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Sevinc Yusifova #28 TURKISH PHILOSOPHY Turkish philosophy has started with Kutadgu Bilig in 1069.

The Kutadgu Bilig, or Qutadu Bilig. s a Karakhanid work from the 11th century written by an Uyghur author Yusf Kh jib of Balasagun for the prince of Kashgar. Translated, the title means something like "The Wisdom which brings Happiness" or "The Wisdom that Conduces to Royal Glory or Fortune" (Dankoff, 1), but has been translated more concisely as "Wisdom Which Brings Good Fortune". The text reflects the author's and his society's beliefs, feelings, and practices with regard to quite a few topics, and depicts interesting facets of various aspects of life in the Karakhanid empire. While not produced in Turkey, and more accurately referred to as Turkic philosophy, the Kutadgu Bilig is often considered to belong to the body of Turkish philosophy. And until the meeting with modern philosophy which is known western philosophy, Turkish people knew only Islamic philosophy. In early Islamic thought, which refers to philosophy during the "Islamic Golden Age", traditionally dated between the 8th and 12th centuries, two main currents may be distinguished. The first is Kalam, that mainly dealt with Islamic theological questions, and the other is Falsafa, that was founded on interpretations of Aristotelianism and Neoplatonism. There were attempts by later philosopher-theologians at harmonizing both trends, notably by Ibn Sina (Avicenna) who founded the school of Avicennism, Ibn Rushd (Averros) who founded the school of Averroism, and others such as Ibn al-Haytham (Alhacen) and Ab Rayhn al-Brn. From the ninth century onward, owing to Caliph al-Ma'mun and his successor, Greek philosophy was introduced among the Persians and Arabs, and the Peripatetic school began to find able representatives among them; such were Al-Kindi, Farabi, Ibn Sina (Avicenna), and Ibn Rushd (Averros), all of whose fundamental principles were considered as criticized by the Mutakallamin. Another trend, represented by the Brethren of Purity, used Aristotelian language to expound a fundamentally Neoplatonic and Neopythagorean world view. During the Abbasid caliphate a number of thinkers and scientists, some of them heterodox Muslims or non-Muslims, played a role in transmitting Greek, Hindu, and other pre-Islamic knowledge to the Christian West. They contributed to making Aristotle known in Christian Europe. Three speculative thinkers, al-Farabi, Ibn Sina (Avicenna) and alKindi, combined Aristotelianism and Neoplatonism with other ideas introduced through Islam. The death of Ibn Rushd (Averros) effectively marks the end of a particular discipline of Islamic philosophy usually called the Peripatetic Arabic School, and philosophical activity declined significantly in western Islamic countries, namely in Islamic Spain and North Africa, though it persisted for much longer in the Eastern countries, in particular Iran and India. Contrary to the traditional view, Dimitri Gutas and the Stanford Encyclopedia of Philosophy consider the period between the 11th and 14th centuries to be the true "Golden Age" of Arabic and Islamic philosophy, initiated by Al-Ghazali's successful integration of logic into the Madrasah curriculum and the subsequent rise of Avicennism. Since the political power shift in Western Europe (Spain and Portugal) from Muslim to Christian control, the Muslims naturally did not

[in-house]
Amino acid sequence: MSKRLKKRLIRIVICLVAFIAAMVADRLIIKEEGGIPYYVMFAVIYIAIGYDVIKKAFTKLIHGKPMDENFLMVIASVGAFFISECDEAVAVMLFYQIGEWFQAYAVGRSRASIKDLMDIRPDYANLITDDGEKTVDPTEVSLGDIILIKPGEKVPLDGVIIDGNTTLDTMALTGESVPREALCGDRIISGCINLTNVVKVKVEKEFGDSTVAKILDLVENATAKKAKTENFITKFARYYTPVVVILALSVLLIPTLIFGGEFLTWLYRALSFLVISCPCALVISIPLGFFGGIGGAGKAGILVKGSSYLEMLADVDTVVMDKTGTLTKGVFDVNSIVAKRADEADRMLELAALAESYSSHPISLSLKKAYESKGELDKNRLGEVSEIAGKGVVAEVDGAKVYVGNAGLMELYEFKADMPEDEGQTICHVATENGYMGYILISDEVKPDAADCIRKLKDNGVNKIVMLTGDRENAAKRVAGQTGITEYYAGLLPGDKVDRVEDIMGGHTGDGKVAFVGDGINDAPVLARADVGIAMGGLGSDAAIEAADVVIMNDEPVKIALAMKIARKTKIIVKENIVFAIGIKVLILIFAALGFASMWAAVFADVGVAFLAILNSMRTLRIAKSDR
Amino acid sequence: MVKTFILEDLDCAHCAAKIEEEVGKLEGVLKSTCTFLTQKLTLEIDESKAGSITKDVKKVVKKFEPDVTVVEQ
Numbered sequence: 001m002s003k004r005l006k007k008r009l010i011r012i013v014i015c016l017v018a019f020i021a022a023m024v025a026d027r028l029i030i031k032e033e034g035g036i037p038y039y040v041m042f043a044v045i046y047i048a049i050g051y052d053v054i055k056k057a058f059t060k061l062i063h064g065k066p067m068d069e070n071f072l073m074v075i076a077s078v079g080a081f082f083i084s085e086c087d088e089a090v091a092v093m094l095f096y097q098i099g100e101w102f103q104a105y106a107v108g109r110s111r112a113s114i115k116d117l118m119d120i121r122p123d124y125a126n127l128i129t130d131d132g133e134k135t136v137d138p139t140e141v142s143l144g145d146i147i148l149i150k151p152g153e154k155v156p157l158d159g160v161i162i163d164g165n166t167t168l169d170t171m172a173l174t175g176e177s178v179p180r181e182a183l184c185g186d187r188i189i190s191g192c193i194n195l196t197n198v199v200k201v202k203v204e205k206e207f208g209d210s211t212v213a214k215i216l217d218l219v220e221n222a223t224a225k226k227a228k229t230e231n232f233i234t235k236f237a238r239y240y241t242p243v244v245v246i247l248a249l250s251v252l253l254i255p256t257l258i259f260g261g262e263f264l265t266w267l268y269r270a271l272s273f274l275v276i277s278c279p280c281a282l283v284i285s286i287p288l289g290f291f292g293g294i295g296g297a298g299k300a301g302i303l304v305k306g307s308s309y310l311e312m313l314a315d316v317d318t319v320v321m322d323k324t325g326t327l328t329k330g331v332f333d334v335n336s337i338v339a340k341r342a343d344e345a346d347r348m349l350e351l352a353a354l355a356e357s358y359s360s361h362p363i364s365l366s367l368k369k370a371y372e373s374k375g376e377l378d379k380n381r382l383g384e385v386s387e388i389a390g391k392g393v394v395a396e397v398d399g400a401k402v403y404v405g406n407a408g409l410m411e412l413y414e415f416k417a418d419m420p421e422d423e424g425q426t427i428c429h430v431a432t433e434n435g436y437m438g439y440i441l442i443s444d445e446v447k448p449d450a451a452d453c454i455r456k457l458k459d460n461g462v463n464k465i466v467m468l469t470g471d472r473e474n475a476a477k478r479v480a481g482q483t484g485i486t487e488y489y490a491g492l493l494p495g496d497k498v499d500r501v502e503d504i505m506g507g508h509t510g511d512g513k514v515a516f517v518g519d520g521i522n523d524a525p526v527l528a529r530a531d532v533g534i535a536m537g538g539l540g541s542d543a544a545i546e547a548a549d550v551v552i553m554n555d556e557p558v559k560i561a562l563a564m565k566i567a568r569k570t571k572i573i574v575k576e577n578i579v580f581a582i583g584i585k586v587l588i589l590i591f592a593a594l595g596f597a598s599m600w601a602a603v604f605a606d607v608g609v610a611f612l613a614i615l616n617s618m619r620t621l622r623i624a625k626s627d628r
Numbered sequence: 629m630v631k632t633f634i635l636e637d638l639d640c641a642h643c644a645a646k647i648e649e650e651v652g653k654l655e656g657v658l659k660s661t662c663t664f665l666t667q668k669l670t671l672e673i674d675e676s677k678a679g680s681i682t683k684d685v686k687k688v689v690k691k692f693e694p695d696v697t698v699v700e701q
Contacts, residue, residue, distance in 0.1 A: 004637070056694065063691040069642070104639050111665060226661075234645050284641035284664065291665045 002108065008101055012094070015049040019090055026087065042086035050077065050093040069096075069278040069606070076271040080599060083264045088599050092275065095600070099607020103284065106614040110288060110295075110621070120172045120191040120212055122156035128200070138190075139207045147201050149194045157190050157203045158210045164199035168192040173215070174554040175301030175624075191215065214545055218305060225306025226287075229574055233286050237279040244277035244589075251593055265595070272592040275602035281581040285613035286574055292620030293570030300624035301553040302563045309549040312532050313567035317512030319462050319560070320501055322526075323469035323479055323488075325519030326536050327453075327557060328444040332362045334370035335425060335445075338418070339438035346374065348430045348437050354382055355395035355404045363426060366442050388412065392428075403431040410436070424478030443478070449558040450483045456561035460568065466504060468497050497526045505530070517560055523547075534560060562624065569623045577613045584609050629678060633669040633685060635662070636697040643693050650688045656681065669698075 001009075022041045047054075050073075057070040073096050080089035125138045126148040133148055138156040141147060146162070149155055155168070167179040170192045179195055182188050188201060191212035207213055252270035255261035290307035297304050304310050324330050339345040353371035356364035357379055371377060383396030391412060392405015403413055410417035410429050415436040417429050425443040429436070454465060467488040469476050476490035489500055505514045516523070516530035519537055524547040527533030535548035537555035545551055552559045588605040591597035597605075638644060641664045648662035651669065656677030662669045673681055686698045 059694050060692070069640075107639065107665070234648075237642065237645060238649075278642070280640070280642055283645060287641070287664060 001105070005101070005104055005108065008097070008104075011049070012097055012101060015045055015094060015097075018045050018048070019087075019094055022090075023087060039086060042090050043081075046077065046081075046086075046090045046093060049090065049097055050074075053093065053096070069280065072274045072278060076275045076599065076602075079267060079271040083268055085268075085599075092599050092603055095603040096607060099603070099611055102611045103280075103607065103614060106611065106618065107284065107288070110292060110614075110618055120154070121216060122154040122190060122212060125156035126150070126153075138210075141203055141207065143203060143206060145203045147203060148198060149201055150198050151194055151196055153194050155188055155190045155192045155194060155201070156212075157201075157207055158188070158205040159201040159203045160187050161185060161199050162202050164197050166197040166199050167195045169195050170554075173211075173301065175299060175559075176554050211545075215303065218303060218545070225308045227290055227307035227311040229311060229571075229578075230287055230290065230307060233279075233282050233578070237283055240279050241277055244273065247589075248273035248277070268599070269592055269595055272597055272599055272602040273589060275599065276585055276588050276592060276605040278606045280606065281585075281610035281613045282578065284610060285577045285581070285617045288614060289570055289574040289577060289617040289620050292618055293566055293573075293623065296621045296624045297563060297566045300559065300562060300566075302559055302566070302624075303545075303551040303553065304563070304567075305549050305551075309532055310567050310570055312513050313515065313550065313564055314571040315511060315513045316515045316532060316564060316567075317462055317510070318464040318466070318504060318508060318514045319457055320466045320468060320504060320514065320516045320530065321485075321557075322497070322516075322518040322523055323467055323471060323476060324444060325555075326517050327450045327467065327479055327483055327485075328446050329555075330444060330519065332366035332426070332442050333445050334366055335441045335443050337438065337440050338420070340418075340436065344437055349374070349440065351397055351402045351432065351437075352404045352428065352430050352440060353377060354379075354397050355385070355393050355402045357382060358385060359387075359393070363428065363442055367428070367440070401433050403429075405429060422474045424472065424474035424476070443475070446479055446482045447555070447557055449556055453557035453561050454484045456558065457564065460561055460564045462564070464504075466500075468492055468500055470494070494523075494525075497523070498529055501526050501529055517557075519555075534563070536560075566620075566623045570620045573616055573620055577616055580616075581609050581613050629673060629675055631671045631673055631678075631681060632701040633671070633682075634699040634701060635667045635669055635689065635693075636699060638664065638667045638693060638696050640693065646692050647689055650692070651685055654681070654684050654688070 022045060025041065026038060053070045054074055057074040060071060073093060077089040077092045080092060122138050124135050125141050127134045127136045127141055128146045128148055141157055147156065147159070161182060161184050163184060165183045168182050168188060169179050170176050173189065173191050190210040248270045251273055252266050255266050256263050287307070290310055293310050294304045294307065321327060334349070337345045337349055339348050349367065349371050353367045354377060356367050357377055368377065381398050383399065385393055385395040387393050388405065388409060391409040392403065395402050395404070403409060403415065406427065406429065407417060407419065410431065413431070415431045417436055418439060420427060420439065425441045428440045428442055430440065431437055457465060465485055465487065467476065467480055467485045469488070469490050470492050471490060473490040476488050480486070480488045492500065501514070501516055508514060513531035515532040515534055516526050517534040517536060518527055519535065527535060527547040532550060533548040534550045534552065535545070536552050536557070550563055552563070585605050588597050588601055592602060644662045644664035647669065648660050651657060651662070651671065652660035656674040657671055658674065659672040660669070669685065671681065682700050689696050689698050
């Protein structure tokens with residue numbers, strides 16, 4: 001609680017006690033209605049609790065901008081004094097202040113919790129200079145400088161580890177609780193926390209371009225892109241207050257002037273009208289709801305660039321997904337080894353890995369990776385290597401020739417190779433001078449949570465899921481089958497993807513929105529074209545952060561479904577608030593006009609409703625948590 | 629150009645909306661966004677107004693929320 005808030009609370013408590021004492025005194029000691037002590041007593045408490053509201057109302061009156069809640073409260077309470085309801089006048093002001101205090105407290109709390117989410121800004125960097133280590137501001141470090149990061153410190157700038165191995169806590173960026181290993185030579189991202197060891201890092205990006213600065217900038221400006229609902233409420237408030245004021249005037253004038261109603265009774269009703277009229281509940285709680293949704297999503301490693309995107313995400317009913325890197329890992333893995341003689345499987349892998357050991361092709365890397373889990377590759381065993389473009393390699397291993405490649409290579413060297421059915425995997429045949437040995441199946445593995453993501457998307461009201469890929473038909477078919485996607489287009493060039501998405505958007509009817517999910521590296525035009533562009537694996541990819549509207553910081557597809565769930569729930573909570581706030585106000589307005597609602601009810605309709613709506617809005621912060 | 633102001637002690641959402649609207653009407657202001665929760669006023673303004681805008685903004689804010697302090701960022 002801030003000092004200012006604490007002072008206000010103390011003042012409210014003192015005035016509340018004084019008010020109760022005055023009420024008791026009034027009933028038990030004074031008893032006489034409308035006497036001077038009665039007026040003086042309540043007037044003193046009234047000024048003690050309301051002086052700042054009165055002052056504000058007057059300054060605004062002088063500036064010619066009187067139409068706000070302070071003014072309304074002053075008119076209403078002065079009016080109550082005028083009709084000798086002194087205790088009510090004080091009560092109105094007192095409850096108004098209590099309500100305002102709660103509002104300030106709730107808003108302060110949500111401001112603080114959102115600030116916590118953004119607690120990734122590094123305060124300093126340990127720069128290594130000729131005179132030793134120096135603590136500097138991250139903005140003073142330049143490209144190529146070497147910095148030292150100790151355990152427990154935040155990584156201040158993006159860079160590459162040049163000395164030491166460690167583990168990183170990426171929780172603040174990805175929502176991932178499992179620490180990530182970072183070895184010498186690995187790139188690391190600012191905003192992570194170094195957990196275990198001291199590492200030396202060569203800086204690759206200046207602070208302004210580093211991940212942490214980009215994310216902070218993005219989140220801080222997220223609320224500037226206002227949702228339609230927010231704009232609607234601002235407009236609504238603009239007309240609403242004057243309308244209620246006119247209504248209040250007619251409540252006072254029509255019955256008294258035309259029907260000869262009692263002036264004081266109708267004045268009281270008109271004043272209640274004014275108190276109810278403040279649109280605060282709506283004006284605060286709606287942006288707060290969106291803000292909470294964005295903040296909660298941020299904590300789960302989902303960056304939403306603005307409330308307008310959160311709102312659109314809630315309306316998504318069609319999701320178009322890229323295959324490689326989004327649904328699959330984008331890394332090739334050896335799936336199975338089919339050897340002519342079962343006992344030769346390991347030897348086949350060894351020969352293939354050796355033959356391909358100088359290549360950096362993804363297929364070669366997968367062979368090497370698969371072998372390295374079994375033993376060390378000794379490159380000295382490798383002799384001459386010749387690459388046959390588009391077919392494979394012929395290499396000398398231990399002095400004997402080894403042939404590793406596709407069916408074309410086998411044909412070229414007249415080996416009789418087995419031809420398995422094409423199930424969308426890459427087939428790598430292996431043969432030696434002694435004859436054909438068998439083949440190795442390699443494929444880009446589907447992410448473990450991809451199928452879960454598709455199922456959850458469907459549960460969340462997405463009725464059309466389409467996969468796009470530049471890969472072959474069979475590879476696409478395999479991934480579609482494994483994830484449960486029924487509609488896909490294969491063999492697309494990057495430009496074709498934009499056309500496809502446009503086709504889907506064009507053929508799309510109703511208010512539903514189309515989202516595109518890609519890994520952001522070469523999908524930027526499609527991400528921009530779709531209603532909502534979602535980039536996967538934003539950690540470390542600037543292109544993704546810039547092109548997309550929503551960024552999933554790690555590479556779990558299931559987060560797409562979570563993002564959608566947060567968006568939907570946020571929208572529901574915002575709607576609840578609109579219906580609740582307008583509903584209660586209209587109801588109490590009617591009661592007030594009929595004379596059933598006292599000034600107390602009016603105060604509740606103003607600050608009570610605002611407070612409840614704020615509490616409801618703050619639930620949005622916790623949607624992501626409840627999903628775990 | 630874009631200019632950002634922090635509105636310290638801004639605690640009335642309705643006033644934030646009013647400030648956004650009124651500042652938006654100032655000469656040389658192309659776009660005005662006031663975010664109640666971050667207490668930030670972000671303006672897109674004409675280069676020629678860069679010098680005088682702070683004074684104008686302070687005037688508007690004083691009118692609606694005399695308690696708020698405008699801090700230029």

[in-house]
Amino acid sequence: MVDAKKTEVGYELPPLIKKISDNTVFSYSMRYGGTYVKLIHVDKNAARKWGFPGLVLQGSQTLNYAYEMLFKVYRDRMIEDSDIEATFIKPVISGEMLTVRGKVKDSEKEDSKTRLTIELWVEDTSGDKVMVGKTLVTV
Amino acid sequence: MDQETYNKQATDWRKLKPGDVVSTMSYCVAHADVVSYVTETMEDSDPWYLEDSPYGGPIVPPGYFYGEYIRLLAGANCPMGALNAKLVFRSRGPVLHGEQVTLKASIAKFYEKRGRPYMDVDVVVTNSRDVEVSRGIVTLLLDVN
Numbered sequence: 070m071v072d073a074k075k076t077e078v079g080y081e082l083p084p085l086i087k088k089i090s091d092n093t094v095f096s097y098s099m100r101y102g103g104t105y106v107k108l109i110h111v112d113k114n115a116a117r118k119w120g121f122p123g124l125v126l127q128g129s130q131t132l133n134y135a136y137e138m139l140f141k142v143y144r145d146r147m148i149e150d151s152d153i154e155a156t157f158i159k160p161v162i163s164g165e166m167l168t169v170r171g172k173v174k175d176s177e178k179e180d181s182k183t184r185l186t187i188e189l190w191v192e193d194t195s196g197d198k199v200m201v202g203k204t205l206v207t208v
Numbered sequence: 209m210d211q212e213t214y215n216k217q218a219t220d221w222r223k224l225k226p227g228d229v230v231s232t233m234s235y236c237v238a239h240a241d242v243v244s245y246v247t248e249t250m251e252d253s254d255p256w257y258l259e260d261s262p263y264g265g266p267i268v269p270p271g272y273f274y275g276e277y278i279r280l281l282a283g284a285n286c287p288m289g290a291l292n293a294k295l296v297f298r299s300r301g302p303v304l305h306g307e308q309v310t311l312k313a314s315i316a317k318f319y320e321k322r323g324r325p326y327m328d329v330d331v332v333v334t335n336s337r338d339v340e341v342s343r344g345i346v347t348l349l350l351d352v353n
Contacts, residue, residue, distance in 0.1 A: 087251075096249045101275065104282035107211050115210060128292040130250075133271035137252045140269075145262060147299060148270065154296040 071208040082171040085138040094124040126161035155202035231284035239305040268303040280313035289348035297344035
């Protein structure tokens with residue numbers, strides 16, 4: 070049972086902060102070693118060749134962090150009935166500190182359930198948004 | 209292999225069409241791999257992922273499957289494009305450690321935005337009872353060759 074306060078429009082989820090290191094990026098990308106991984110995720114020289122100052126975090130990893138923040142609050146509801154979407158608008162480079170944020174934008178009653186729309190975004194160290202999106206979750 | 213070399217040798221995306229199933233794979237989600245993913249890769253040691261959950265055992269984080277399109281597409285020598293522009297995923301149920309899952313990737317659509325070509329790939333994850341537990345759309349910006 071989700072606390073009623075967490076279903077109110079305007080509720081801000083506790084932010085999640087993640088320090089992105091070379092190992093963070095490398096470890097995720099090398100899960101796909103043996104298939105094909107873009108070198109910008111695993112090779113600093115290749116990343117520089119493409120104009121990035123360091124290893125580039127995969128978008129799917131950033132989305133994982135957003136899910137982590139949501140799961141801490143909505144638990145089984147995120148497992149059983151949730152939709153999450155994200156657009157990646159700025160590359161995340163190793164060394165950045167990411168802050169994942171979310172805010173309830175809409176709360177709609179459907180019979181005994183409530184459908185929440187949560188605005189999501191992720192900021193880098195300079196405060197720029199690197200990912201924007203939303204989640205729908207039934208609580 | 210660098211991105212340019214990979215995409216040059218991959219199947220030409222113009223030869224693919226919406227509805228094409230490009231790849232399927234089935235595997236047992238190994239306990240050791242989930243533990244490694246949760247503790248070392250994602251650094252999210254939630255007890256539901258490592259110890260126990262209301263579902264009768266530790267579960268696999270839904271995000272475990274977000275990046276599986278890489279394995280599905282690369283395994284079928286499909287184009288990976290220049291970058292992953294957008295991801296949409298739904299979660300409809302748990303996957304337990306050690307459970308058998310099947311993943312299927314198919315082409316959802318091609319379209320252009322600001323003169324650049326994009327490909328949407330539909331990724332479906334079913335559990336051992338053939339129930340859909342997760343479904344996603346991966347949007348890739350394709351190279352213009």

Sevinc Yusifova #28 practice philosophy in Western Europe. This also led to some loss of contact between the 'west' and the 'east' of the Islamic world. Muslims in the 'east' continued to do philosophy, as is evident from the works of Ottoman scholars and especially those living in Muslim kingdoms within the territories of present day Iran and India, such as Shah Waliullah and Ahmad Sirhindi. This fact has escaped most pre-modern historians of Islamic (or Arabic) philosophy. In addition, logic has continued to be taught in religious seminaries up to modern times. In ottoman, philosophy has started with Katip Celebi. Ktip elebi, Mustafa bin Abdullah, Haji Khalifa or Kalfa, (1609, Istanbul - 1657 Istanbul) was an Ottoman scholar. A historian and geographer, he is regarded as one of the most productive authors of non-religious scientific literature in the 17th century Ottoman Empire. Among his best-known works is the Kashf al-zunn an asm al-kutub wa-alfunn, ("The Removal of Doubt from the Names of Books and the Sciences"), a bibliographic encyclopaedia, written in Arabic, which lists more than 14,500 books in alphabetic order, he published all his works in coordination with his lifelong friend Ibrahim Muteferrika a Hungarian convert to Islam. Then Yanyali Esat Efendi continued. He translated Aristoteless works into to Arabian for Turkish people. With the beginning of Modern Philosophy in Ottoman Empire, Munif Pasha started a modern period in philosophy in 19th century. After that Young Ottomans continued. Young Ottomans were a secret organization of Ottoman nationalist intellectuals formed in 1865, influenced by such Western thinkers as Montesquieu and Rousseau and the French Revolution. They developed the concept of Ottomanism, aligned with these thinkers. They advocated a constitutional, parliamentary government. The Young Ottomans were bureaucrats resulting from the Tanzimat reforms who were unsatisfied with its bureaucratic absolutism and sought a more democratic solution. One of them was Namk Kemal, who basically introduced the concepts of vatan (fatherland) and hrriyet (freedom) in the Turkish language. Namk Kemal, born as Mehmed Kemal (December 21, 1840 - December 2, 1888) was a Turkish nationalist poet, philosopher, translator, journalist, and social reformer. Other young Ottomans and philosopher were iya Paa, Ali Suavi, Agah Efendi, Ahmet Mithat Efendi, Ahmet Vefik Paa and Shinasi. In 1895, Ibrahim Efendi who was a Turkish philosopher translated "Discours de la Methode" into the Turkish. It was the first which translated from Western language to Turkish. At Abdulhanmit period, Young Turks tried to continued to introduce Western philosophy to Turkish people. Young Turks were a coalition of various groups favouring reformation of the administration of the Ottoman Empire. The movement was against the absolute monarchy of the Ottoman Sultan and favoured a re-installation of the short-lived Kann- Ess constitution. They established the second constitutional era in 1908 with what would become known as the Young Turk Revolution. The term Young Turks referred to the members of Ottoman society who were progressive, modernist and opposed to the status quo. The movement built a rich tradition of dissent that shaped the intellectual, political and artistic life of the late Ottoman period generally transcendent to the decline and dissolution periods. Many Young Turks were not only active in the political arena, but were also artists, administrators, or scientists. any modern Turkish citizens glorify